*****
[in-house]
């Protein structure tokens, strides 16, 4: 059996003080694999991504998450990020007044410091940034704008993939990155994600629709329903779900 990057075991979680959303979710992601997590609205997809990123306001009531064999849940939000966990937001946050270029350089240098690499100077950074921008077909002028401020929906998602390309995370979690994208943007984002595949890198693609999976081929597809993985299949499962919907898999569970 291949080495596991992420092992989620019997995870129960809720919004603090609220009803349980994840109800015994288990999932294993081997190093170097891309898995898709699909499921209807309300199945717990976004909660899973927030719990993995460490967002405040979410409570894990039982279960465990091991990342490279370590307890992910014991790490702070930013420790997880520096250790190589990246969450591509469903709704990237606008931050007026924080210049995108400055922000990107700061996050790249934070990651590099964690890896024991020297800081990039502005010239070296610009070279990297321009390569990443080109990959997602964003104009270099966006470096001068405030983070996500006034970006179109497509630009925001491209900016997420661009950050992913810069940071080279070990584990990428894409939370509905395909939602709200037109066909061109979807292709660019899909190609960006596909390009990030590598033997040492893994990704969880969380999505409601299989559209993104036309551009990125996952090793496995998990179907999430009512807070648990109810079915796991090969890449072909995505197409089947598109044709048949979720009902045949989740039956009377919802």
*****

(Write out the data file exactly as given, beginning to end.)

[in-house]
């Protein structure tokens, strides 16, 4: 059996003080694999991504998450990020007044410091940034704008993939990155994600629709329903779900 990057075991979680959303979710992601997590609205997809990123306001009531064999849940939000966990937001946050270029350089240098690499100077950074921008077909002028401020929906998602390309995370979690994208943007984002595949890198693609999976081929597809993985299949499962919907898999569970 291949080495596991992420092992989620019997995870129960809720919004603090609220009803349980994840109800015994288990999932294993081997190093170097891309898995898709699909499921209807309300199945717990976004909660899973927030719990993995460490967002405040979410409570894990039982279960465990091991990342490279370590307890992910014991790490702070930013420790997880520096250790190589990246969450591509469903709704990237606008931050007026924080210049995108400055922000990107700061996050790249934070990651590099964690890896024991020297800081990039502005010239070296610009070279990297321009390569990443080109990959997602964003104009270099966006470096001068405030983070996500006034970006179109497509630009925001491209900016997420661009950050992913810069940071080279070990584990990428894409939370509905395909939602709200037109066909061109979807292709660019899909190609960006596909390009990030590598033997040492893994990704969880969380999505409601299989559209993104036309551009990125996952090793496995998990179907999430009512807070648990109810079915796991090969890449072909995505197409089947598109044709048949979720009902045949989740039956009377919802």